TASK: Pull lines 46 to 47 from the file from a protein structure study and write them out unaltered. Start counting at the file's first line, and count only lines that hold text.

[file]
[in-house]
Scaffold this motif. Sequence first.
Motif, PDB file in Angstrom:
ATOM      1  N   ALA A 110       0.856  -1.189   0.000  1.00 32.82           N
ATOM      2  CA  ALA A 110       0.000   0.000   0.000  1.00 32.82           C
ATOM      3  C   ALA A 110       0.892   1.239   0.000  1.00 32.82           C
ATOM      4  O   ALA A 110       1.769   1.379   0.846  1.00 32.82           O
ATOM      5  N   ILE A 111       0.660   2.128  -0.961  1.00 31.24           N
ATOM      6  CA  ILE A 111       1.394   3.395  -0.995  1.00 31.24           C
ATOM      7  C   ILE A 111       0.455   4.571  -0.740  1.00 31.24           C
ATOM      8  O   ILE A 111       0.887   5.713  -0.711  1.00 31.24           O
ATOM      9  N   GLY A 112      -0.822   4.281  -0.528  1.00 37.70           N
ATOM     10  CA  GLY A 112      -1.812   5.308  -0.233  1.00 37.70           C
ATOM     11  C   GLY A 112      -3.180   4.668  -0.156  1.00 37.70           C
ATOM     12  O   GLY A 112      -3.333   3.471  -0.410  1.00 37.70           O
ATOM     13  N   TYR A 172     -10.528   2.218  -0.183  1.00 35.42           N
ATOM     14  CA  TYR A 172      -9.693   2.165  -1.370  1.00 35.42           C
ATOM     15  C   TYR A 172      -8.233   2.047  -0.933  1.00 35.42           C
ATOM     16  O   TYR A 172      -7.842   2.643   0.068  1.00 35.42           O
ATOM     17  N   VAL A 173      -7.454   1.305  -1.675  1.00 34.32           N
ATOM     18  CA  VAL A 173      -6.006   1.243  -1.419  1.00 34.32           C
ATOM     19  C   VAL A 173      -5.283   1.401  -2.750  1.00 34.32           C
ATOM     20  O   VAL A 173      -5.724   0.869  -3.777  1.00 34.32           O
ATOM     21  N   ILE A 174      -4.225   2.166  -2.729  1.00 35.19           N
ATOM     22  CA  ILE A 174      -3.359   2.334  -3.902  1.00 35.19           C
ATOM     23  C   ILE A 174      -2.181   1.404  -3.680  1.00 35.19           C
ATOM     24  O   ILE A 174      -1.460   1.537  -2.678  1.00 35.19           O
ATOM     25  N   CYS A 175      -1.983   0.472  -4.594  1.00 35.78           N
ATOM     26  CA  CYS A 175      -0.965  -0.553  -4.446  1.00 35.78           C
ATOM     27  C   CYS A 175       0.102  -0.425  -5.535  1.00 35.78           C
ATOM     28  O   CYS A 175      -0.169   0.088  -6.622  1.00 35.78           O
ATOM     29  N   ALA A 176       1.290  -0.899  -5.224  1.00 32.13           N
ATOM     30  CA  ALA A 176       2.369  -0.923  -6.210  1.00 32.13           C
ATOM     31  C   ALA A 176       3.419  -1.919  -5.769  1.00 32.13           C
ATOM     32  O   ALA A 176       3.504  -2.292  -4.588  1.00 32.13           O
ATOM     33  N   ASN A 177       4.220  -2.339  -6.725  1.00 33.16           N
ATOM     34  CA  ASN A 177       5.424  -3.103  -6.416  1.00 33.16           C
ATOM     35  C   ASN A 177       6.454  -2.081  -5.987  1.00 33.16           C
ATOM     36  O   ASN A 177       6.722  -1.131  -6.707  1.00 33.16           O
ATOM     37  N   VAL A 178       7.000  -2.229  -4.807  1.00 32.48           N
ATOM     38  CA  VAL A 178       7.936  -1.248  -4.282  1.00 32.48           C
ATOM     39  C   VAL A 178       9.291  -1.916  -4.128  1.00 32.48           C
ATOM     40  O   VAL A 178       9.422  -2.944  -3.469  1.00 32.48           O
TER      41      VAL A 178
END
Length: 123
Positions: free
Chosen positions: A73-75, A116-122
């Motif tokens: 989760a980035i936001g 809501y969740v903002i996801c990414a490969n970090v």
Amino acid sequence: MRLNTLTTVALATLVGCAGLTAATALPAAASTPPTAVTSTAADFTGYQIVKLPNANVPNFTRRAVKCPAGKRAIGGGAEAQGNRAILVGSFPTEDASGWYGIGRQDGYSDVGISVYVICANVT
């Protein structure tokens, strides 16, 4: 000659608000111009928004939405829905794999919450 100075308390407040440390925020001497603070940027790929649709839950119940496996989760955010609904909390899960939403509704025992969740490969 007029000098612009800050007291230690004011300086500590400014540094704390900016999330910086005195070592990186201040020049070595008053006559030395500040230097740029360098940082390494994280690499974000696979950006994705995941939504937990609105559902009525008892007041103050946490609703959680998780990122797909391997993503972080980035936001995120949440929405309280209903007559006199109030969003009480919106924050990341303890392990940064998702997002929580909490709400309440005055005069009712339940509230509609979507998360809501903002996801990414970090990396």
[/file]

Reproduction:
Length: 123
Positions: free